The county clerk is the keeper of all county records. Duties of the county clerk's office range from administering elections to conducting a great deal of the state's taxation duties. The complexity of the recording process, along with the volume of work and the many different types of instruments required to be completed in the clerk's office, place much responsibility on the clerk.
The five major functions of the clerk's office include:
Keeper of County Records -- As the keeper of county records, the clerk's office is responsible for the care and custody of all the records, books and papers filed or deposited in the respective offices of the county. Records in the clerk's office include notary public applications, liquor licenses, mobile home files, business registrations, landfill site applications, lawsuits, and delinquent tax records just to name a few. The county clerk is responsible for developing a records management program and ensuring the preservation of these essential records.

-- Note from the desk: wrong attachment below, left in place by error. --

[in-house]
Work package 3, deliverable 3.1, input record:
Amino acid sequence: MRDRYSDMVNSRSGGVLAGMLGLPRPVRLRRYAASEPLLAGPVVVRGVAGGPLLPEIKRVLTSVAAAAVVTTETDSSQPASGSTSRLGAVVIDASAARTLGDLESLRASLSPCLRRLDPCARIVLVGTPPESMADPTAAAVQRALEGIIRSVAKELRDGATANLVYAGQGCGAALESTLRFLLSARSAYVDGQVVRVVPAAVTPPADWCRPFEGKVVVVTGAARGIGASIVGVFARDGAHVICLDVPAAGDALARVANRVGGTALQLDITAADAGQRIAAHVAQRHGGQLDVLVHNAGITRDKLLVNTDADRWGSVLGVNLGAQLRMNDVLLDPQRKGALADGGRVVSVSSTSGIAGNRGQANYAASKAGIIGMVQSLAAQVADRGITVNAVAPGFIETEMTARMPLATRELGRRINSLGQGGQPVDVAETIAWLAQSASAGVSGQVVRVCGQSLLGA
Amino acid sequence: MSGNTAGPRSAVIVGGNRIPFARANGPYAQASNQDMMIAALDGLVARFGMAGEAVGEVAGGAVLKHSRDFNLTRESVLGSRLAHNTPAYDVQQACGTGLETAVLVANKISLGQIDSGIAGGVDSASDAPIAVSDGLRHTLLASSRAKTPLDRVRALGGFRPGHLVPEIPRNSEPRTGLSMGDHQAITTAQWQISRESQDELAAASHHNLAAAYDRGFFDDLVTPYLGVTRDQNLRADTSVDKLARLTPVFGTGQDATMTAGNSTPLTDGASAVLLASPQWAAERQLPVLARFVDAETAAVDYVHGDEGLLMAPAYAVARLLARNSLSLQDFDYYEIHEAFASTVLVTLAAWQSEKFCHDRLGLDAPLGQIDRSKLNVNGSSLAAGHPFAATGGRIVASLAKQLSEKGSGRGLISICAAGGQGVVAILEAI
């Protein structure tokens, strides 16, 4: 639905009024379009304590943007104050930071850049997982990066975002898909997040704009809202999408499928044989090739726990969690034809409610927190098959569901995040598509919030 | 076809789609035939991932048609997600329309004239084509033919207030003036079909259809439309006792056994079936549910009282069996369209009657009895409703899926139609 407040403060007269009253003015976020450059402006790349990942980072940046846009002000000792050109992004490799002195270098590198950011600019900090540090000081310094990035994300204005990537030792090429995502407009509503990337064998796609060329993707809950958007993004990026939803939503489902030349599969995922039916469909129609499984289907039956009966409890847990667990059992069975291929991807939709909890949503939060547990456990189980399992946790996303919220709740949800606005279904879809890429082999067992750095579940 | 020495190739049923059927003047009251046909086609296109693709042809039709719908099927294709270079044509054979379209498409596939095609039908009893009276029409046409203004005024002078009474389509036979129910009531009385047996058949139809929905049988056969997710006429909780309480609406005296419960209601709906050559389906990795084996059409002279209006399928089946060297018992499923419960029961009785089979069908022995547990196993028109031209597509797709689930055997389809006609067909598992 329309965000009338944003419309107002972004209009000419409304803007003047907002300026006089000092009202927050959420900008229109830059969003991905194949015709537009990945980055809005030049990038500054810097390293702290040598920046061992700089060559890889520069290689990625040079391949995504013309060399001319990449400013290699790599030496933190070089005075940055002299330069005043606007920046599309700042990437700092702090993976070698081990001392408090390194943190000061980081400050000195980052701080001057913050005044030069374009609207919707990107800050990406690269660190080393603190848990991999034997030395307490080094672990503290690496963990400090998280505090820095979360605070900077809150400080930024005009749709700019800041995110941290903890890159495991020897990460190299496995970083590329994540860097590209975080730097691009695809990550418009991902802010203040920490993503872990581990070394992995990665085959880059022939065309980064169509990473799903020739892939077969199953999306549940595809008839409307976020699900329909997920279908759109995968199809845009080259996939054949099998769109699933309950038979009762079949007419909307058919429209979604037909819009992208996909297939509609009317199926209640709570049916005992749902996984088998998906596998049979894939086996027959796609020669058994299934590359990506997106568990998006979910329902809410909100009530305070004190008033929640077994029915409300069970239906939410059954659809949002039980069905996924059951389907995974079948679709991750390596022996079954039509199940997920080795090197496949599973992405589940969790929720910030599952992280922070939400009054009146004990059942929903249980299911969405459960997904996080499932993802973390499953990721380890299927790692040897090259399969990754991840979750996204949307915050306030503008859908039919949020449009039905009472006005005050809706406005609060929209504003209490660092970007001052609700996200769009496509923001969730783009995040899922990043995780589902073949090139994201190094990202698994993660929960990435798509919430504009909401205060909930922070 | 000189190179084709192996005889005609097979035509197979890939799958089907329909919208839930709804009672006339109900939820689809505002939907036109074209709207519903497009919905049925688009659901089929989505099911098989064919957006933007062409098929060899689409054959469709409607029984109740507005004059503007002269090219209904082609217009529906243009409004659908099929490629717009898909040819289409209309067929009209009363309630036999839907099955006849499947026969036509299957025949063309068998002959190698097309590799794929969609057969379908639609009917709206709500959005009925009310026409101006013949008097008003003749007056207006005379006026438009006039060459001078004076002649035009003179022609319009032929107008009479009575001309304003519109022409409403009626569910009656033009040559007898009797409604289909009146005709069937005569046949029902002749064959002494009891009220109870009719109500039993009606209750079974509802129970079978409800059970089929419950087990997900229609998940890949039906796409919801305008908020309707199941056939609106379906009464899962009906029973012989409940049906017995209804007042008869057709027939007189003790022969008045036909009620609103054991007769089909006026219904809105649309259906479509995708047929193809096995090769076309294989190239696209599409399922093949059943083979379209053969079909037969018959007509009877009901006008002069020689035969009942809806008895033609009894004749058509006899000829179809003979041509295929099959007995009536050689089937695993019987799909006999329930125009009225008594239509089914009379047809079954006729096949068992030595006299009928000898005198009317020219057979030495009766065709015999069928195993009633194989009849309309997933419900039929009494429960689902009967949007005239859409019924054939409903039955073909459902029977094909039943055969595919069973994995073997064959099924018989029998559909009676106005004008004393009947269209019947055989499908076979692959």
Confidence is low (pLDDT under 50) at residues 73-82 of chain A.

Clerk of the County Board -- As clerk of the county board, the county clerk attends all county board meetings and is responsible for keeping an accurate record of all the proceedings of the board. The clerk also preserves all bills of account acted upon by the board. All claims for county expenses are processed in the county clerk's office.
Registrar of Vital Records -- The county clerk is the only official in the county authorized to issue, record and maintain birth and death certificates and issue civil union/marriage licenses.
Tax Extender -- The county clerk calculates and extends the tax rates on all real estate in the county. The clerk files the annual budgets and levies of all taxing bodies, computes the tax rates for each unit, extends the taxes by applying the tax rates to the equalized assessed valuation, and certifies the information to the county treasurer. The clerk also collects delinquent tax payments and calculates Enterprise Zone abatements.
The clerk's office provides numerous services to the public including genealogical searches, county assistance to those visiting the courthouse, instructions on obtaining licenses, passports, and notary public registry. The county clerk is also the keeper of the seal of the county.
Training Term: County Clerk is an elected office serving a four-year term
*As presented by the Illinois Association of County Board Members and Commissioners